Muscovy ducks are easy to identify. They are large ducks that hiss instead of quack and have black and white plumage. These unique ducks are about 34 inches long and can weigh up to 15 pounds. Females, though, are a lot smaller, only reaching about 25 inches long and 7.9 pounds. Male and female muscovy ducks have similar plumage. However, males have a noticeable dark red knob at the base of their bills.

Northern Shoveler

A beautiful duck photographed at the moment of spreading its wings. Duck: Northern Shoveler. Spatula clypeata.

Another duck species that lives in Florida is the northern shoveler.

©smutan/Shutterstock.com

Northern shovelers also live in Florida. These widespread ducks live in the United States, United Kingdom, the Caribbean, and more. Currently, these ducks are listed as Least Concern on the IUCN Red List. They are easy to spot as they sport large spatulate bills. Males are vibrant and flashy compared to the females.

Adult male northern shovelers have an iridescent dark green head, mainly brown and grey wings, and pale blue or purple forewing feathers. Females don’t have as much color. Instead, they are mottled brown. These ducks reach 19 inches long and weigh about 1.3 pounds.

Lesser Scaup

A Lesser Scaup Swims in the bright blue water on a sunny day with a smooth blue background and its vibrant yellow eye standing out.

Lesser scaup ducks are known for having pale blue bills.

©Ray Hennessy/Shutterstock.com

Nearing the end of our list is the lesser scaup. They are a small North American diving duck known for their pale blue/grey bill. Lesser scaup ducks are common and listed as Least Concern on the IUCN Red List.

Males and females have a similar build but differ in plumage. For example, adult male lesser scaups have black, brown, and grey plumage. They have black shiny heads and white underparts. Adult females, though, are brown and grey but are especially easy to identify from their white band at the base of the bill. Both males and females range from 15 to 19 inches long and can weigh 1 to 2.4 pounds.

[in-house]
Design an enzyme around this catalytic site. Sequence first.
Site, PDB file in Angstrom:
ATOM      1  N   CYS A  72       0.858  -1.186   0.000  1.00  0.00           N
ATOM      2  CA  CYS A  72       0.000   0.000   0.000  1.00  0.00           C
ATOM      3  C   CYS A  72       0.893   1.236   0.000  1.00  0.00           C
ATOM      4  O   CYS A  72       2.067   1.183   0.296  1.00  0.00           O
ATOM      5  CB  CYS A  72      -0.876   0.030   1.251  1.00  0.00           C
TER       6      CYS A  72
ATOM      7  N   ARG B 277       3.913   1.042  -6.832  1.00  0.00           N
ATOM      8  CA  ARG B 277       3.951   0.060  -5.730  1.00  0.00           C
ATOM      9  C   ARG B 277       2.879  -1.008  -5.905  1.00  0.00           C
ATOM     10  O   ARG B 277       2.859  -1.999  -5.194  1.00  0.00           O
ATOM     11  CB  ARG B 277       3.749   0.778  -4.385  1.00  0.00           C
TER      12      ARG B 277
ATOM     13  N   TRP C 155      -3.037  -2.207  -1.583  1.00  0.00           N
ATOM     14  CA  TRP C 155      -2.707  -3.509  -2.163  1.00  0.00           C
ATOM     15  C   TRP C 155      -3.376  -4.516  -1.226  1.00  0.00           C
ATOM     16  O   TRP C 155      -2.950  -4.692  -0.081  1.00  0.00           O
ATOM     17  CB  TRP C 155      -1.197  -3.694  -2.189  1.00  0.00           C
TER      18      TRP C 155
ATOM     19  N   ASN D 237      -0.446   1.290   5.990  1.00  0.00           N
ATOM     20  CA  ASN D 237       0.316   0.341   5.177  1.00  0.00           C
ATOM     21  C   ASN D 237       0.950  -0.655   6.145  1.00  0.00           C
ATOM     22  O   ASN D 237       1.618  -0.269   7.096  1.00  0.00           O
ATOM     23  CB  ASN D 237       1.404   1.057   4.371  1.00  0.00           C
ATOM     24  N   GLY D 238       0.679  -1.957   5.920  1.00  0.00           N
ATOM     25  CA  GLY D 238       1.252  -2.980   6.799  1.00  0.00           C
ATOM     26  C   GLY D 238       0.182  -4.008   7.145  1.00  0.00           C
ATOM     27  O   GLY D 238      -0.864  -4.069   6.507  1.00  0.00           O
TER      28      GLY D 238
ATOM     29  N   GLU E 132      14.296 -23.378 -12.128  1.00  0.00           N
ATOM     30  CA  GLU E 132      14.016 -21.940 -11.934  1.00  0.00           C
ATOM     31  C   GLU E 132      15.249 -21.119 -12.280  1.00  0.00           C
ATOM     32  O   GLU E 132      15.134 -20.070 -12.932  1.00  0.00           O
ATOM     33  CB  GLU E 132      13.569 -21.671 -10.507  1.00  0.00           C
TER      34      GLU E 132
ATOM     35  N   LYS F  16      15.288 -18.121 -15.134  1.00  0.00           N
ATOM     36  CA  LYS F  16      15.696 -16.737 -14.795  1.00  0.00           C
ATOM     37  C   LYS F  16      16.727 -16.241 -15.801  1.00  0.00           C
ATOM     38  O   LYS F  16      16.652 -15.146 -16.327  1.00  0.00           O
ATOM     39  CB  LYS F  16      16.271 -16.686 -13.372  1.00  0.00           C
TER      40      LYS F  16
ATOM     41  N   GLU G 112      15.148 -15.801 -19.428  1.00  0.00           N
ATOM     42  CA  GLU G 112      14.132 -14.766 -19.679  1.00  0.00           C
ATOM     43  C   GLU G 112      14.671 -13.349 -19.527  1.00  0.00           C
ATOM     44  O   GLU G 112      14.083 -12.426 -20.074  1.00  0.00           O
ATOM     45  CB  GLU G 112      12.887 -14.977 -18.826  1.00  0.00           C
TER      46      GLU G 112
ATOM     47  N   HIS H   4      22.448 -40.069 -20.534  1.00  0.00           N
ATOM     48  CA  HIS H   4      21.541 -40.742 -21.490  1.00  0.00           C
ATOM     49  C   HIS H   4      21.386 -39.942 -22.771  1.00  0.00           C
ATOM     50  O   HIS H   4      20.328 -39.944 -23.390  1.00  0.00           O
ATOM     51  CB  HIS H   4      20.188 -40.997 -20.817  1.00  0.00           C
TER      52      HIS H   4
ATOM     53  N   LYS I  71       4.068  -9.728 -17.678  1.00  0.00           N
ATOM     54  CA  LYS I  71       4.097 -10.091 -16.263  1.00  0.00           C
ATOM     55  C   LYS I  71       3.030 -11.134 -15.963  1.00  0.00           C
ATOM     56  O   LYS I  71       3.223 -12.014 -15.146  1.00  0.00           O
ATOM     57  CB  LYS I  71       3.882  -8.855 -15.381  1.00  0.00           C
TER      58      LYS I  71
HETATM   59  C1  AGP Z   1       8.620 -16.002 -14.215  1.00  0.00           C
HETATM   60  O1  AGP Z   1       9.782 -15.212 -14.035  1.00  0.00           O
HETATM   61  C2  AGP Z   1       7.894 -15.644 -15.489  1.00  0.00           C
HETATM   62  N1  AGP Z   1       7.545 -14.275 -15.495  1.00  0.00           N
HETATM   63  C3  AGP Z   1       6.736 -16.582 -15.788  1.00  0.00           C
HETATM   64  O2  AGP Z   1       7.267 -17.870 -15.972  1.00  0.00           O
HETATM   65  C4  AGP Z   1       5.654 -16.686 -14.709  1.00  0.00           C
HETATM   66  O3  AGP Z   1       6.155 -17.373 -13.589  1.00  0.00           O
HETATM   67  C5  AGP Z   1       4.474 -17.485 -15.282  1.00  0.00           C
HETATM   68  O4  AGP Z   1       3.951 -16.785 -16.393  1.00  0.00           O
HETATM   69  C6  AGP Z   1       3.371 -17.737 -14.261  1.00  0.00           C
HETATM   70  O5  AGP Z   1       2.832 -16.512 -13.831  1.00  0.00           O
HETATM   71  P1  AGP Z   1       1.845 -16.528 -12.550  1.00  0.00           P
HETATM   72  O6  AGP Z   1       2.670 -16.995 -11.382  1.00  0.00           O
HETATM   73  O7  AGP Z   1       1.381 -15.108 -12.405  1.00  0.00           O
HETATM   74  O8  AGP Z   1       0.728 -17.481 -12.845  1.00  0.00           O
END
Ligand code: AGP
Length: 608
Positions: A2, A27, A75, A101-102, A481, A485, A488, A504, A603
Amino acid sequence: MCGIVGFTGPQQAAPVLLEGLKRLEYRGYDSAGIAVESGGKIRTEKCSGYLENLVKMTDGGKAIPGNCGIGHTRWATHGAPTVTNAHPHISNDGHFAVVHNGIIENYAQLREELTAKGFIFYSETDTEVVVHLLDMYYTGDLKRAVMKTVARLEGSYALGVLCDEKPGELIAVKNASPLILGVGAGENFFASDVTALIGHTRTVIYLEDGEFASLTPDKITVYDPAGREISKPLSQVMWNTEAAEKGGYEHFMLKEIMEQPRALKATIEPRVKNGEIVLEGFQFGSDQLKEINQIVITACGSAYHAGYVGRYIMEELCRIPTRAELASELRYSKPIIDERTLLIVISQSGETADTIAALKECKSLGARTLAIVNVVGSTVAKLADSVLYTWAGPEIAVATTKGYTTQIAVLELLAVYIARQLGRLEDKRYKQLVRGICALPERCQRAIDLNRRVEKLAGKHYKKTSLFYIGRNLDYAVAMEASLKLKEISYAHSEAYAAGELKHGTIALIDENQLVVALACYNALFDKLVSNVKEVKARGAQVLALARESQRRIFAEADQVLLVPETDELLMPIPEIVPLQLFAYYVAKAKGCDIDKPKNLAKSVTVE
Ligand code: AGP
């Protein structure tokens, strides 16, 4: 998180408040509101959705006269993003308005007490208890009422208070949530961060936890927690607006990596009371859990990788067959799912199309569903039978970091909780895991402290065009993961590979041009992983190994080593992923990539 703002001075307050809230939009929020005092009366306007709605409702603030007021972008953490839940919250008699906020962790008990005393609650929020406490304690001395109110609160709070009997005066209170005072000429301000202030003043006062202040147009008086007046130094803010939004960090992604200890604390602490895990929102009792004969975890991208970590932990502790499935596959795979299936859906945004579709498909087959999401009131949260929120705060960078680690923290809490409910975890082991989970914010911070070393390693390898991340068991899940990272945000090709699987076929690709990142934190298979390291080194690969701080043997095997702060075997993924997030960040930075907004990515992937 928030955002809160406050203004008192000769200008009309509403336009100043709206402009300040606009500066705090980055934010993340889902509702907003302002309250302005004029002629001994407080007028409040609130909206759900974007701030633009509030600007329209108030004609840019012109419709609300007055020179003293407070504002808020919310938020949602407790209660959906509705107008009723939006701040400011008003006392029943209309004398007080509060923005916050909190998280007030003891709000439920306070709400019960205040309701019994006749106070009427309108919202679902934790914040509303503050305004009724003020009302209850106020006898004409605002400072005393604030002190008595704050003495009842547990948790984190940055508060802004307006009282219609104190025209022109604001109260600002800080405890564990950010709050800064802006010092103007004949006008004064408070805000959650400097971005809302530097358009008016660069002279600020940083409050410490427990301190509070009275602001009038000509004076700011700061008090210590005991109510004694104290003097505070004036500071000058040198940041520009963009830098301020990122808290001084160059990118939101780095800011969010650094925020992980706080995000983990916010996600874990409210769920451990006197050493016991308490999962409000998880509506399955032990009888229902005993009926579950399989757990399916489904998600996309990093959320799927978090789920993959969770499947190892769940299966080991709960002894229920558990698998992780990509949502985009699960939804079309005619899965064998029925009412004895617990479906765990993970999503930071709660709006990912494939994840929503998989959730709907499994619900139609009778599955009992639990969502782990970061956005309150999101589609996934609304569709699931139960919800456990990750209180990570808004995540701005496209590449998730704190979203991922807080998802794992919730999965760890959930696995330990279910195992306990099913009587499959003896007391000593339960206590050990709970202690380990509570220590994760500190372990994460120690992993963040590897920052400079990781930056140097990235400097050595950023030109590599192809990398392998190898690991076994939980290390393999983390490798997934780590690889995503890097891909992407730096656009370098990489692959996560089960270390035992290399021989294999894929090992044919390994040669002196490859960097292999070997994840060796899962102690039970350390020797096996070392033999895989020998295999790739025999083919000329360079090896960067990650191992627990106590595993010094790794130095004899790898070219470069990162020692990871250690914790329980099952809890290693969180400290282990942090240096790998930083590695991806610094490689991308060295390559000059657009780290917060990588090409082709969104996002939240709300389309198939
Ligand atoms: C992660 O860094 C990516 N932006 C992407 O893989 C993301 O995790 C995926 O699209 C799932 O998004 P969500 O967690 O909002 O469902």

Ruddy Duck

Ruddy duck chilling on the water. (Photo taken in UK, London)

Ruddy ducks are known for their blue bills. Their bills are brighter in the summer.

©Tomatito/Shutterstock.com

Last but not least is the ruddy duck, another blue-billed species. This gorgeous duck is known for having a stiff and distinct tail that points up. These ducks are common in North America and are listed as Least Concern on the IUCN Red List. 

Male ruddy ducks have black caps and white cheeks that make their blue bill pop out. They are also known for their reddish/chestnut bodies. Their plumage changes shade/color for winter and summer. Female ruddy ducks aren’t as bright. They are mainly brown/grey but have a stripe across their cheek. These small ducks range from 13 to 17 inches long. They weigh a little over a pound.

Summary of 15 Ducks Found in Florida

#Duck Species
1Mallard
2Wood Duck
3Common Eider
4Bufflehead
5Fulvous Whistling-Duck
6Northern Pintail
7Hooded Merganser
8Surf Scoter
9Gadwall
10Mottled Duck
11Green-winged Teal
12Muscovy Duck
13Northern Shoveler
14Lesser Scaup
15Ruddy Duck

The photo featured at the top of this post is © Pazyuk/Shutterstock.com


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About the Author

Nixza Gonzalez is a writer at A-Z Animals primarily covering topics like travel, geography, plants, and marine animals. She has over six years of experience as a content writer and holds an Associate of Arts Degree. A resident of Florida, Nixza loves spending time outdoors exploring state parks and tending to her container garden.